Defending champion Carlos Alcaraz dug in to avoid a shock loss against Emil Ruusuvuori and reach the third round of the Madrid Open.
The young Spaniard thrilled his home fans last year by defeating Novak Djokovic and Rafael Nadal on his way to the title, establishing himself as not just the future but the present of men’s tennis.
He was in brilliant form last week as he successfully defended his Barcelona Open title but looked on the way out early in Madrid before turning the match around to win 2-6 6-4 6-2.
Errors flowed from the Alcaraz racket during the first set against powerful Finn Ruusuvuori, ranked 41.
Normally so composed, the 19-year-old threw his racket in frustration early in the second set but the turning point came in a long sixth game where he saved five break points before eventually holding.
He broke the Ruusuvuori serve in the next game and did not look back, going on to dominate the deciding set and move through to a clash with Grigor Dimitrov, who defeated Gregoire Barrere.
Alcaraz said on atptour.com: “It was really tough. I would say I was about to lose. It was just one point. One of the break points he had at 2-3 in the second set was like a match point for him.
“I was really happy I was able to save that game and come back a bit. It was really tough. Emil played unbelievably, but I am really, really happy to get through that.”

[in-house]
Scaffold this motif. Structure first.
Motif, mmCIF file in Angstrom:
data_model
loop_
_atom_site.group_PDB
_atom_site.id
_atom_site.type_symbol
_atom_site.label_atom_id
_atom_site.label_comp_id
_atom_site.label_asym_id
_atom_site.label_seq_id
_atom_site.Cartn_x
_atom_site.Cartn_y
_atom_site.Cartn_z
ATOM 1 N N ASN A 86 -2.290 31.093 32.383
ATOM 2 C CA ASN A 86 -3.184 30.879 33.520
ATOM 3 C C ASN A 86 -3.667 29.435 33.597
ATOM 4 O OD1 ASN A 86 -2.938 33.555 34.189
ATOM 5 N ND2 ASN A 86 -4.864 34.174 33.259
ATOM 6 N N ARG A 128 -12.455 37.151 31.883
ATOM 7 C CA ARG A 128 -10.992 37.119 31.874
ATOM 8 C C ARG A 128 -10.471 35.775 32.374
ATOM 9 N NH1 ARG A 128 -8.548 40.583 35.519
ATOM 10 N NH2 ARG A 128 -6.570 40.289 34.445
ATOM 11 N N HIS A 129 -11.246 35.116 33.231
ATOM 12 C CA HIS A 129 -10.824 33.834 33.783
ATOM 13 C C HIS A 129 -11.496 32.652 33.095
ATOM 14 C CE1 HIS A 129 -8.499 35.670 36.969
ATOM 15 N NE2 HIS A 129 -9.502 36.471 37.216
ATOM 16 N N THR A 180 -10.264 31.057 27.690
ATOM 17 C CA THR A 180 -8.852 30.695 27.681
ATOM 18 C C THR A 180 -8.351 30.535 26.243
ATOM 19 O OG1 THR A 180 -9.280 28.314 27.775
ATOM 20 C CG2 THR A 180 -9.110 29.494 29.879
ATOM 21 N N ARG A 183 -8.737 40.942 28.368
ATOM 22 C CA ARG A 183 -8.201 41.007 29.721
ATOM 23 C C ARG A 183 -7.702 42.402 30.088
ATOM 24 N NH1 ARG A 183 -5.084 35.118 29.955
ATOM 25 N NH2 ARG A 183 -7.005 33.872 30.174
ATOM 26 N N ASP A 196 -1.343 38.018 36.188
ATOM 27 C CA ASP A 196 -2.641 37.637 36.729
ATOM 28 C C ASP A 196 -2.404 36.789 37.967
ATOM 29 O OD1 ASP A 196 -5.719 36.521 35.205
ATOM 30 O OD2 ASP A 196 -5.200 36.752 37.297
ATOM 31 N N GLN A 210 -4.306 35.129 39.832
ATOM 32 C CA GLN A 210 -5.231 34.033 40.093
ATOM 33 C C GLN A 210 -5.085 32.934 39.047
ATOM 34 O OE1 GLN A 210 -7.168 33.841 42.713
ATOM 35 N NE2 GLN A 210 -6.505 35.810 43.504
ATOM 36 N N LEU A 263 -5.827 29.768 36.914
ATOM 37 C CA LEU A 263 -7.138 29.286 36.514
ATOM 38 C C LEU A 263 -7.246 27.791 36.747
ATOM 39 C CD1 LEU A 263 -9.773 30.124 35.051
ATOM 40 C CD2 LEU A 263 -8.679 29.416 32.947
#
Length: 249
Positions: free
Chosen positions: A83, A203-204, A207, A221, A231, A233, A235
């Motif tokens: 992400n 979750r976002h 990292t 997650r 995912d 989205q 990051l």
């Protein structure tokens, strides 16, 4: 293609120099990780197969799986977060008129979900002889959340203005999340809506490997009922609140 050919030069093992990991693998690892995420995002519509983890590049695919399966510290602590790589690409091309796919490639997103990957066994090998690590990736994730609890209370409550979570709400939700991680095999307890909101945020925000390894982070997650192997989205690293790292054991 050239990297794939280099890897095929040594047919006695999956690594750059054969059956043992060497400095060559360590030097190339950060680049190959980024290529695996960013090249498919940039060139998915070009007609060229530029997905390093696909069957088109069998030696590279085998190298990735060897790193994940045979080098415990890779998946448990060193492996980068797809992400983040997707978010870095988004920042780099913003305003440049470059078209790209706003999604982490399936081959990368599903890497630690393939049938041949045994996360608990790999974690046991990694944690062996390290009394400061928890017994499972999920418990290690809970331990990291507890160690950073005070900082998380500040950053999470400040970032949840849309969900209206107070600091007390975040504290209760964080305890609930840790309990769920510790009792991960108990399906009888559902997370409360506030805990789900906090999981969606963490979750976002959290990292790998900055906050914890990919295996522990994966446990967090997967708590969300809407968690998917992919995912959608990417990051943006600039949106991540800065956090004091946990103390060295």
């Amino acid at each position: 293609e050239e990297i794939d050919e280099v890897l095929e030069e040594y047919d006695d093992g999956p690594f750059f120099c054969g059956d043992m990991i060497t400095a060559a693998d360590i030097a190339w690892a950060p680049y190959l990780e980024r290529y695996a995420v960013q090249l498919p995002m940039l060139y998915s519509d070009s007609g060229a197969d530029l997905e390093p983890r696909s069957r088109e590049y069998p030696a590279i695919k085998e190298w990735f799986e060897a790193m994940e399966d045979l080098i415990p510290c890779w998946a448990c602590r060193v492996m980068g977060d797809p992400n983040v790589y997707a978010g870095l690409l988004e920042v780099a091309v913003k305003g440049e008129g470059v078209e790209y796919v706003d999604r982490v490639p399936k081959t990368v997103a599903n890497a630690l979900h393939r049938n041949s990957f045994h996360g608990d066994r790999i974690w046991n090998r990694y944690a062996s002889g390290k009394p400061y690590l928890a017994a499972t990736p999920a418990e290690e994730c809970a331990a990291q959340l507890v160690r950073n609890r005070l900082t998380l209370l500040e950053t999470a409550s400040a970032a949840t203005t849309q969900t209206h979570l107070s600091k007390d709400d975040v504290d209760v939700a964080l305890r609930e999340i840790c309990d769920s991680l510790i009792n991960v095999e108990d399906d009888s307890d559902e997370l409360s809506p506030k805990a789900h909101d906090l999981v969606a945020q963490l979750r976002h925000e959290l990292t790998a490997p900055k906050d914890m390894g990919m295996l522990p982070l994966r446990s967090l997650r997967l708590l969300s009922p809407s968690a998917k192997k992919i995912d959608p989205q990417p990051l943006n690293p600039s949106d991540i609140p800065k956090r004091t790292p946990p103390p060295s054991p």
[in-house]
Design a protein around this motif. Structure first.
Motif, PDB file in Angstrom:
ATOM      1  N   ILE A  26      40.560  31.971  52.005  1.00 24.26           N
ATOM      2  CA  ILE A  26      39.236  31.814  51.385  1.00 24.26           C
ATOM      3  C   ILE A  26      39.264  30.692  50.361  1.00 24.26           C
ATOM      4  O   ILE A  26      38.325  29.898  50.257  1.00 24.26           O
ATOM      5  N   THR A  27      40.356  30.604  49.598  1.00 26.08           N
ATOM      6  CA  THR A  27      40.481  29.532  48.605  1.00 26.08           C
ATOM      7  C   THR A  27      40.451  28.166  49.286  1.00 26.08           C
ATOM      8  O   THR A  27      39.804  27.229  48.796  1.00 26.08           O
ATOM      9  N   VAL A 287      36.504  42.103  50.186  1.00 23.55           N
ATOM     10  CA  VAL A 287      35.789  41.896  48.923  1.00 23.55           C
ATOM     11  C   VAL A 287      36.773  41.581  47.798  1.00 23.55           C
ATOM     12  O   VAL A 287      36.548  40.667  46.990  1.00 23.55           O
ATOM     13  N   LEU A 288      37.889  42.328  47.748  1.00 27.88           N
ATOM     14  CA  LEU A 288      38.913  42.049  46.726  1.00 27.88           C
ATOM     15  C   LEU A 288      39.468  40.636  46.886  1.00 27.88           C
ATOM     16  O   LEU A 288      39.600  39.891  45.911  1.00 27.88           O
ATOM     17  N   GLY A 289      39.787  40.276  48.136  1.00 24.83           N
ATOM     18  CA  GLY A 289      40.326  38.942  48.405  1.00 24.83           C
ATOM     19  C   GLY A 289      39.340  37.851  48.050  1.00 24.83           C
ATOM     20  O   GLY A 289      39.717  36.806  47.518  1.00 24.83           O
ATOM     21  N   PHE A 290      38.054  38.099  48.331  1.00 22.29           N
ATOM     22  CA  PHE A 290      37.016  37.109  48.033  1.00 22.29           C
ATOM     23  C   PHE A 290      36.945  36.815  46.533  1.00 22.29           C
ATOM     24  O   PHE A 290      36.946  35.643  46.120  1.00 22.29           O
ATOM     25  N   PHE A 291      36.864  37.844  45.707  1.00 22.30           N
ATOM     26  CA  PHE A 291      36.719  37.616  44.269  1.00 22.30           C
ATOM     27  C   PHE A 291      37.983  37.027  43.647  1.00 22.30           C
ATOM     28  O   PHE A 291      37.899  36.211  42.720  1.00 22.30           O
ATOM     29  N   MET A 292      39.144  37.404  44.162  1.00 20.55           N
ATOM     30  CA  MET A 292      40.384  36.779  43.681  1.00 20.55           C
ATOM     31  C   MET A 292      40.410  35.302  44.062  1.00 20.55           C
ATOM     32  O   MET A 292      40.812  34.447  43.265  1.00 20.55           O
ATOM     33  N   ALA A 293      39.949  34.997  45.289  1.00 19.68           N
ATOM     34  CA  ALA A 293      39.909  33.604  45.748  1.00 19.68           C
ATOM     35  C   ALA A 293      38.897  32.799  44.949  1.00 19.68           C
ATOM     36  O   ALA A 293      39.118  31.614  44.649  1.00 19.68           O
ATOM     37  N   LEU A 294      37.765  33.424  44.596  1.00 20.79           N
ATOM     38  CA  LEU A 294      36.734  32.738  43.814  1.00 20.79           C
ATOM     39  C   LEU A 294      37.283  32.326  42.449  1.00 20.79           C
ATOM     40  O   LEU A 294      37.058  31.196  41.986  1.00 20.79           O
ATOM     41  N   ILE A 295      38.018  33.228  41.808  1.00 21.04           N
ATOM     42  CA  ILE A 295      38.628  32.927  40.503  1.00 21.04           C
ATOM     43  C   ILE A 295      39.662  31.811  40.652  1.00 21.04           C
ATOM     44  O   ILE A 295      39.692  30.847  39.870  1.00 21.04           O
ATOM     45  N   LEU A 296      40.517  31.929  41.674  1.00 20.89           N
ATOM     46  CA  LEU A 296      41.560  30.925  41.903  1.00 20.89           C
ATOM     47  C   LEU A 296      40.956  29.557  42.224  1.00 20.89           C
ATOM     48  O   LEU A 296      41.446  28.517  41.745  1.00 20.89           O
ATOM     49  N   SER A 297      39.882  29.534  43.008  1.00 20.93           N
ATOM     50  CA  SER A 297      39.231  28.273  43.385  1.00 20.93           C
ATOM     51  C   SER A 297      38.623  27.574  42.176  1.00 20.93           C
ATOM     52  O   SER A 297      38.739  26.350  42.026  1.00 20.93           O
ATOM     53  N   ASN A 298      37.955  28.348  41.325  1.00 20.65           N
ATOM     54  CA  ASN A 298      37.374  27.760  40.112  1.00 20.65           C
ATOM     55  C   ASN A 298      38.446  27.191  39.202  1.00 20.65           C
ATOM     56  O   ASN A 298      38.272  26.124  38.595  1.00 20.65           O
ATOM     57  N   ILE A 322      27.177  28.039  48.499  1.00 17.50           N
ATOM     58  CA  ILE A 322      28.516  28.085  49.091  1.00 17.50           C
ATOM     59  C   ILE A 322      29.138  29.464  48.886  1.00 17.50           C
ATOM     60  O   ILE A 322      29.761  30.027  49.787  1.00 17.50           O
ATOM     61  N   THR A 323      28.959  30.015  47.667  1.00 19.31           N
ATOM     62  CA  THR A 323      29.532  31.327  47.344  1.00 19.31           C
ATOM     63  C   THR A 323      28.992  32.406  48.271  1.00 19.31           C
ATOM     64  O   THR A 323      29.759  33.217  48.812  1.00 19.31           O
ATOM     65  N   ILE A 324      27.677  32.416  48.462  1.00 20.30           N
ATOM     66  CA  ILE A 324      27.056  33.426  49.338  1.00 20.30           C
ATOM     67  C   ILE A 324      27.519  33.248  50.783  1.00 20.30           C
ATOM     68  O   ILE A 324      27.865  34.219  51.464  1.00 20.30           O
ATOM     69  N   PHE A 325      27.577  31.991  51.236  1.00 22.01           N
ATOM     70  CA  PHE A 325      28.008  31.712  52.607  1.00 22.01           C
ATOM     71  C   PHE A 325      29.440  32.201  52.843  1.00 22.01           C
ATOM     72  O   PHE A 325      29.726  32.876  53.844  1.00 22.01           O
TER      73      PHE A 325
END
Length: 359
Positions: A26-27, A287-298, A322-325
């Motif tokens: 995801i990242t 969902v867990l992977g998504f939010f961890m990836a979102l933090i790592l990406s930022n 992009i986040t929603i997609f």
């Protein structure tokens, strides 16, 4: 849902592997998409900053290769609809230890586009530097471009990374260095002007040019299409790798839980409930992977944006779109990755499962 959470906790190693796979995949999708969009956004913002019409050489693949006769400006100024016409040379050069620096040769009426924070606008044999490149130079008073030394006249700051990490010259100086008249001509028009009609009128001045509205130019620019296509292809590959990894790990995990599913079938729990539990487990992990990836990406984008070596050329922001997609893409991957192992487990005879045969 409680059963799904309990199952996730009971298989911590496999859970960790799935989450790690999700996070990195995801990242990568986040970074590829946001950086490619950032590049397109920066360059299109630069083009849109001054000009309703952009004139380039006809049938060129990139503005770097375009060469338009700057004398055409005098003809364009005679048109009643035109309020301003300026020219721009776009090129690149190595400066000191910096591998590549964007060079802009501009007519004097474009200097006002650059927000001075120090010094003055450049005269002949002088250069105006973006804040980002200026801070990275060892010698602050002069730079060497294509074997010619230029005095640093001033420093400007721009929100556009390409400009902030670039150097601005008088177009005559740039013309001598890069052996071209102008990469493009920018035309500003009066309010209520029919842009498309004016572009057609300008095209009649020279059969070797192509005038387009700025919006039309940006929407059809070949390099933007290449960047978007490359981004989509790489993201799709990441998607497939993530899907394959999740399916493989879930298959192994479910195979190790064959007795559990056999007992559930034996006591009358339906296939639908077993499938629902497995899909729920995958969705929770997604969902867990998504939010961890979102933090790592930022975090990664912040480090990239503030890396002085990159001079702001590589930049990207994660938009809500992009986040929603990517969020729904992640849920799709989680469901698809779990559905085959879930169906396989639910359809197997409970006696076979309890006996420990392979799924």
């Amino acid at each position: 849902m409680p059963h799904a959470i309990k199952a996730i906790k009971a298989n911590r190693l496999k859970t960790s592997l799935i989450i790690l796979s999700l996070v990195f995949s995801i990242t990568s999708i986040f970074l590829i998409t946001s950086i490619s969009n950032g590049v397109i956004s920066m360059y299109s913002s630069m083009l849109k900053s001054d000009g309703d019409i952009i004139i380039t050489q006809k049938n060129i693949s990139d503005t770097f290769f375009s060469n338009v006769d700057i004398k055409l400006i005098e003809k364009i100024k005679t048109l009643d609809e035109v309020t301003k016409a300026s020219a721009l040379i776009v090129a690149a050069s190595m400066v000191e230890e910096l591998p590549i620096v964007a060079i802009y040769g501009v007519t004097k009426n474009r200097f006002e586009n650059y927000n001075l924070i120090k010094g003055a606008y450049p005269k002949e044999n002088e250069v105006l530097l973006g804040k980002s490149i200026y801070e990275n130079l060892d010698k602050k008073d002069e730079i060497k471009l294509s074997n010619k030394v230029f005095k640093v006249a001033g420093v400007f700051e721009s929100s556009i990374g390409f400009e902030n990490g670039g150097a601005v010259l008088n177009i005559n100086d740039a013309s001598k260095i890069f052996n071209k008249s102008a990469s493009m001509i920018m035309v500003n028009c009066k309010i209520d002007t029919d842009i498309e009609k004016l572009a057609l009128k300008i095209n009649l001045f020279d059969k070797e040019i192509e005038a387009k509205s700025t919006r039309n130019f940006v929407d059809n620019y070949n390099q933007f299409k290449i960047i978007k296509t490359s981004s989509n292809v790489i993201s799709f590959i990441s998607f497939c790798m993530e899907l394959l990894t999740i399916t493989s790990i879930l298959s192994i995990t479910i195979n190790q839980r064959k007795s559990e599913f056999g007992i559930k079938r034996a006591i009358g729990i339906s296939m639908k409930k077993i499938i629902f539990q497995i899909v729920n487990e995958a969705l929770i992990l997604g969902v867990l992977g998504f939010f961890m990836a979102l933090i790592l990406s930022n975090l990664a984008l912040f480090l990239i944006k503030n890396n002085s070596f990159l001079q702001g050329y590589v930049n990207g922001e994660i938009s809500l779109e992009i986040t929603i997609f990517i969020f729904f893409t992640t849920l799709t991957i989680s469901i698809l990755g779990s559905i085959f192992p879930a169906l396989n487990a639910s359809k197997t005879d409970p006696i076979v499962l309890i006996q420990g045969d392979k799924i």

Casper Ruud’s troubles continued, though, the third seed suffering another early defeat, this time losing 6-3 6-4 to Italian qualifier Matteo Arnaldi.
Fifth seed Andrey Rublev edged out Stan Wawrinka 7-5 6-4 while fellow Russian Karen Khachanov was a 6-3 3-6 6-3 winner against Thiago Monteiro.
On his Madrid debut, Holger Rune took advantage of a fifth match point to win a third set tie-breaker against Alexander Bublik and secure a 6-1 4-6 7-6 (9) victory.
“Honestly I’m out of words right now. It was such a tough match,” Rune told atptour.com.
“In these kind of conditions, it’s altitude, it’s very fast compared to what I’ve played so far.
“Bublik, we all know how he’s playing. He’s playing super aggressive, taking the ball aggressive and early. So I had to really dig deep and find solutions. I was brave at the end and that’s what made the difference.”
Alexander Zverev needed three sets and almost three and a half hours to beat Spaniard Roberto Carballes Baena 6-7 7-5 6-0.
Meanwhile, Andy Murray has reacted to the disappointment of his defeat by Andrea Vavassori on Thursday by taking a wild card into next week’s Challenger tournament in Aix-en-Provence.